Migrating from vCenter 5.5 on Windows to the vCenter 6 VCSA

Towards the start of the year, I made a post about my vCenter to vCenter migration process, which can be used to update from vCenter 5.5 to vCenter 6 (or for that matter, to downgrade, or whatever).  Since then, I've done a lot of these migrations and the scripts/procedure have matured.  Jeff and I have fixed many bugs, but the reason that I'm posting about this (again) is that I recently added a new feature and have polished our migration process.

The latest versions of the migration scripts (the ones that get the settings from the source vCenter and then recreate those settings on the destination vCenter) now support DRS Rules!  The native support for DRS Rule manipulation through PowerCLI is a bit lacking... but fortunately, the community has solved that problem!  Matt Boren and Luc Dekens have created a module called DRSRule that is built to help with the reading and manipulation of DRS Rules (pretty self explanatory, right?).  I took advantage of that module to modify my vCenter object migration scripts so that they can read the DRS Rules from the source vCenter and then recreate those rules in the destination vCenter.

So, the current versions of the scripts record and then recreate all vCenter Roles, VM Folders, VM placement in those folders, Permissions assignments and DRS Rules.  In addition, the Set script checks the cluster configuration on the destination to ensure that EVC Mode matches and that all expected ESXi hosts have been added back into the cluster.

How do we use these to upgrade from vCenter 5.5 to vCenter 6?  Well, the high level workflow is pretty simple:
  1. Prepare the vCenters
  2. Prepare the Hosts to transition between vCenters
  3. Transition the hosts between vCenters
  4. Clean up
The actual steps required for each of those major steps is highly dependent on what is in the environment, but here are the basic things that I usually do.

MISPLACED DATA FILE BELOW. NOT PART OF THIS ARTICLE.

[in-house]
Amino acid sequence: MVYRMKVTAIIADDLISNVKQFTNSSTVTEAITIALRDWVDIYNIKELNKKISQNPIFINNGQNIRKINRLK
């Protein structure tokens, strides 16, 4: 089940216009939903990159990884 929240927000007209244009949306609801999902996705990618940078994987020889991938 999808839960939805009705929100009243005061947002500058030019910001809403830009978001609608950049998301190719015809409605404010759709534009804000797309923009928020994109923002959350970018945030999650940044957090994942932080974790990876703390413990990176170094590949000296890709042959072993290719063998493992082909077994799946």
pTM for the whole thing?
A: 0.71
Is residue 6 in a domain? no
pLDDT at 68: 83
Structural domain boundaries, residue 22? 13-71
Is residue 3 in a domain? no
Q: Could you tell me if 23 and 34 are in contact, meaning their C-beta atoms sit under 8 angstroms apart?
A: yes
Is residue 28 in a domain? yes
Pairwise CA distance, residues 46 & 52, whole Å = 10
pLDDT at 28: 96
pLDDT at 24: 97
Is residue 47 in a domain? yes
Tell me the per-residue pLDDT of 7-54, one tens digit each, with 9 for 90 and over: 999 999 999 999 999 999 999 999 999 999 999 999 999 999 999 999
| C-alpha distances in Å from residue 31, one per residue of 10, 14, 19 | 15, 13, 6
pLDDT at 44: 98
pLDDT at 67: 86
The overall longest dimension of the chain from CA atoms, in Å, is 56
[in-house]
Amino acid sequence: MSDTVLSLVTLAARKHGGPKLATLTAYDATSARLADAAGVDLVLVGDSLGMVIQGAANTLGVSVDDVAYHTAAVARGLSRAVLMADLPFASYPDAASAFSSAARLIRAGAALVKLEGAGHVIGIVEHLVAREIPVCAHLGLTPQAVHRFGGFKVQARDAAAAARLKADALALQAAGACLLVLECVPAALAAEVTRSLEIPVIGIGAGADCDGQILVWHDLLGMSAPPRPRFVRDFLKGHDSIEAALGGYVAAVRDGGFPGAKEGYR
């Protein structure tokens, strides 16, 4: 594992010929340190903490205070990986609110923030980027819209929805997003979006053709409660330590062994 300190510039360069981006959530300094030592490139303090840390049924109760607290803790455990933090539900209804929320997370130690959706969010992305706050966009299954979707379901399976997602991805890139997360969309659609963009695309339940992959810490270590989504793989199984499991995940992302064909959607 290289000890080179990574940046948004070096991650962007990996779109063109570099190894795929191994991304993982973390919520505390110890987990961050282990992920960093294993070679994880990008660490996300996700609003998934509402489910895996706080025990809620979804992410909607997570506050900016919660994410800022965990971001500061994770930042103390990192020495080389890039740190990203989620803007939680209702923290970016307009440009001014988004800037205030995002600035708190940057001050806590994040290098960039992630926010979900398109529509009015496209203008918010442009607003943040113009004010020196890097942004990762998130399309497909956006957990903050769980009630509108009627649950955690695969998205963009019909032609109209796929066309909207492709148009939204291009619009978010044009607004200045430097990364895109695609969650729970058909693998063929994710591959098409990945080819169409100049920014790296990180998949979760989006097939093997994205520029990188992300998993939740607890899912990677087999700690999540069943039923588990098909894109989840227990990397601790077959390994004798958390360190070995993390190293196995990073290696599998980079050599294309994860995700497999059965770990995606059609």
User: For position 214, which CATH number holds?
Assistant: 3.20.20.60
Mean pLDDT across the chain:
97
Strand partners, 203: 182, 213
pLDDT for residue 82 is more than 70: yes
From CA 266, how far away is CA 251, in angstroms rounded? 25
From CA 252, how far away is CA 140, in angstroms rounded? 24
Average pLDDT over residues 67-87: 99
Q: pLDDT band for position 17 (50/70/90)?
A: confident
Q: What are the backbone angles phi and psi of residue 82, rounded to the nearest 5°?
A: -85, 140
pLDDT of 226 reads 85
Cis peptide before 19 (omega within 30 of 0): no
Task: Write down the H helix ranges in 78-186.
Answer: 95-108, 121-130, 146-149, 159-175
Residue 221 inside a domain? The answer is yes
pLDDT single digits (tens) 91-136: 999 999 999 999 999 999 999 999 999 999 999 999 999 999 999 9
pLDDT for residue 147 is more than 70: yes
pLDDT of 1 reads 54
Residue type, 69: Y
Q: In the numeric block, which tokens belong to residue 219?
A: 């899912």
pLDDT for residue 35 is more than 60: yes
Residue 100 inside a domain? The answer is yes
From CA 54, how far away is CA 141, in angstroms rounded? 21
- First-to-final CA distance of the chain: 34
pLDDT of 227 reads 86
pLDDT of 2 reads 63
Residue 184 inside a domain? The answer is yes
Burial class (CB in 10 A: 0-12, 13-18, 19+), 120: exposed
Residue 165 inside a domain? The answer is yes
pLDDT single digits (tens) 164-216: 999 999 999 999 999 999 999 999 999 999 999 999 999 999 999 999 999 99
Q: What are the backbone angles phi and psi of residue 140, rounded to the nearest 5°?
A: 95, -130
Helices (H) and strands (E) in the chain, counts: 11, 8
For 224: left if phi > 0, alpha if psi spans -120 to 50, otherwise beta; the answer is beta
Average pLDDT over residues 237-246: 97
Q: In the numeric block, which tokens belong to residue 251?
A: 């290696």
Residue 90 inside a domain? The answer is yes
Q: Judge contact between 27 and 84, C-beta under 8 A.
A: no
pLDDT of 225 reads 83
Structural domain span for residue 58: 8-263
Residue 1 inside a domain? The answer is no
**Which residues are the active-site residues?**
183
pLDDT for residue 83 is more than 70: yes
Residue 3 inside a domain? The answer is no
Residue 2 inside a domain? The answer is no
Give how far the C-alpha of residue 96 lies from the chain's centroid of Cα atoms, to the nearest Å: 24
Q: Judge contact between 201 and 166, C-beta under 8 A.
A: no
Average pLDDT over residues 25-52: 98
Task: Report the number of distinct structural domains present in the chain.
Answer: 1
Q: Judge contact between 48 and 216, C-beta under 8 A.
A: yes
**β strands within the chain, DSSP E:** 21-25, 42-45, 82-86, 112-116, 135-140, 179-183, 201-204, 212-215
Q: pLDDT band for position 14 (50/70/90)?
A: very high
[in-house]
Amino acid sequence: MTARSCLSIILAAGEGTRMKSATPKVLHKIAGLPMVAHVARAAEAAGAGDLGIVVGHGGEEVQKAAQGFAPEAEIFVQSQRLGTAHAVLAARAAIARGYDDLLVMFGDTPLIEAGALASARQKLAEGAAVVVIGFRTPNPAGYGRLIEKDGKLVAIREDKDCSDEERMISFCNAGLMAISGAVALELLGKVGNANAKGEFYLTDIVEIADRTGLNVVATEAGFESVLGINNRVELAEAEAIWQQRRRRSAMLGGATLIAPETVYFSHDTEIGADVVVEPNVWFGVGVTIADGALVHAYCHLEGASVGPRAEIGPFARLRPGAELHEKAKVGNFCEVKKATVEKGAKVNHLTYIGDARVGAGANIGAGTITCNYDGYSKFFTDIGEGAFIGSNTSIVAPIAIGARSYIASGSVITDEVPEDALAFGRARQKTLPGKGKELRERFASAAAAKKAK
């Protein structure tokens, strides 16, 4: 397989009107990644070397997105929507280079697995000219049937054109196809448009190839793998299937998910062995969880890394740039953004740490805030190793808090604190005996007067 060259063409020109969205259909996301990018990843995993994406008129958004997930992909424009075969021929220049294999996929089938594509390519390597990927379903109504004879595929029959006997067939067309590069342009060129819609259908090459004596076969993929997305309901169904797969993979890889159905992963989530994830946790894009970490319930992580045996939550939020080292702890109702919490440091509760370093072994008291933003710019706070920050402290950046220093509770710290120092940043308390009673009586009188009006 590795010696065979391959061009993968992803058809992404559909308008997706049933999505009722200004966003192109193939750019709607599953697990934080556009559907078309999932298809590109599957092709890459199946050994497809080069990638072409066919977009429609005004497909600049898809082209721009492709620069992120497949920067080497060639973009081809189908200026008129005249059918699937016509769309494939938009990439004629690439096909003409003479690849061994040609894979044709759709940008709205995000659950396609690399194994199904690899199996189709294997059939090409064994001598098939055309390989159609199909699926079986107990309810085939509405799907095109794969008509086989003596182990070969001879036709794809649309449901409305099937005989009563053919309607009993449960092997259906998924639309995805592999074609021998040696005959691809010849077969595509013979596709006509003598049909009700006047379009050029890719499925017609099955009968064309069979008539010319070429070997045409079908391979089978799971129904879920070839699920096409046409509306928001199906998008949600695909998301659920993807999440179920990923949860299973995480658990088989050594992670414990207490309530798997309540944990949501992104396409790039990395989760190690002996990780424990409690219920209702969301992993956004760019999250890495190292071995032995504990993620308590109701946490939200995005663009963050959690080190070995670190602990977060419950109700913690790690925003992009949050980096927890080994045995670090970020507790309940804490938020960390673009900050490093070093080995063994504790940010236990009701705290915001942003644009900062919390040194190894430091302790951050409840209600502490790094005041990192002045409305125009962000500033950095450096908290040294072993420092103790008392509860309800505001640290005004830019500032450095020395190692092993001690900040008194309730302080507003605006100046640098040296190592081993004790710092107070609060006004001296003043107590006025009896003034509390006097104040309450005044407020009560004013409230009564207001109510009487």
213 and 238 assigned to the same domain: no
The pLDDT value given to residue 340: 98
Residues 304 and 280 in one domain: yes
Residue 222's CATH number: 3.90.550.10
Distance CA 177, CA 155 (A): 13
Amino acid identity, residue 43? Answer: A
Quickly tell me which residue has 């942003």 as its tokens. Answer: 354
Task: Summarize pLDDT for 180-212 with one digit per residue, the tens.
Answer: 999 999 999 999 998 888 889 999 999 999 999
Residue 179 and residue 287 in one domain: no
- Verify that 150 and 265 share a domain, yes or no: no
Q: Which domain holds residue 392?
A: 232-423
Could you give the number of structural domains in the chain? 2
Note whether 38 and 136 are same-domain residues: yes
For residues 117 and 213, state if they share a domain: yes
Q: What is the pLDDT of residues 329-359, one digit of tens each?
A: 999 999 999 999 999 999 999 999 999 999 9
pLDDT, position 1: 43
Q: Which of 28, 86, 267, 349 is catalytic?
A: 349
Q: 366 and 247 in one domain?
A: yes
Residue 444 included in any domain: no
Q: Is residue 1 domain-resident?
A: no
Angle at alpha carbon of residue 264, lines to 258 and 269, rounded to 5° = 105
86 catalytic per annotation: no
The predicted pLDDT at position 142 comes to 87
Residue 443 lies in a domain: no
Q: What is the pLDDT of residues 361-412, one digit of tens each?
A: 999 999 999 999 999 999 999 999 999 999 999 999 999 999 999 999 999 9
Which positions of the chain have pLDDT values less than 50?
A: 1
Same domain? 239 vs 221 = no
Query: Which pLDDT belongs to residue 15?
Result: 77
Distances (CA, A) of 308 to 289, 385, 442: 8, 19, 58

Prepare the vCenters

I begin by recording all of my template names and converting them to VMs (get-template | select name | export-csv templates.csv; get-template | set-template -tovm); after all, templates are vCenter objects and would become unmanaged when their host is removed from the vCenter inventory.  

Next I use the Get-SourceSettings.ps1 script to record the source vCenter settings and run my first pass with the Set-SourceSettings.ps1 script on the destination vCenter.  At this point, I use the -roles, -permissions and -folders options in order to create those core objects.  Obviously, there is nothing yet existing in the destination vCenter for the -vms or -DRS switches to manipulate (since there are no VMs to place in folders or assign to DRS Rules), so I skip those.  

At this point, I also create an empty cluster (with appropriate HA Admission Control and EVC settings) and a Distributed Switch to match the source side.  On the Source side, I disable HA Host Monitoring and set DRS down to Partially Automated.

Prepare the Host to transition between vCenters

The most important detail for most of my customers in preparing the hosts to transition between vCenters is to get off of the Distributed Switch.  The VDS is great, but it is an object that is owned by the vCenter server.  If you are going to transition between vCenter servers, you've got to get back onto a Standard vSwitch, which is an object that is wholly owned by the ESXi host itself.

In order to do this, I first create a standard switch on the host that I'm going to transition (with some variation on the command: get-vmhost <hostname> | new-virtualswitch -name Temp-VSS).  Once the standard switch is created, I use my make-vss.ps1 script to clone all of the Distributed Switch Port Groups onto the standard vSwitch.  With the Port Groups created, I take half of the physical uplinks from the Distributed Switch and put them onto my Standard Switch (you'd better not be using etherchannels when you do this...).  Next, I migrate my VMKernel interface onto the VSS via the GUI.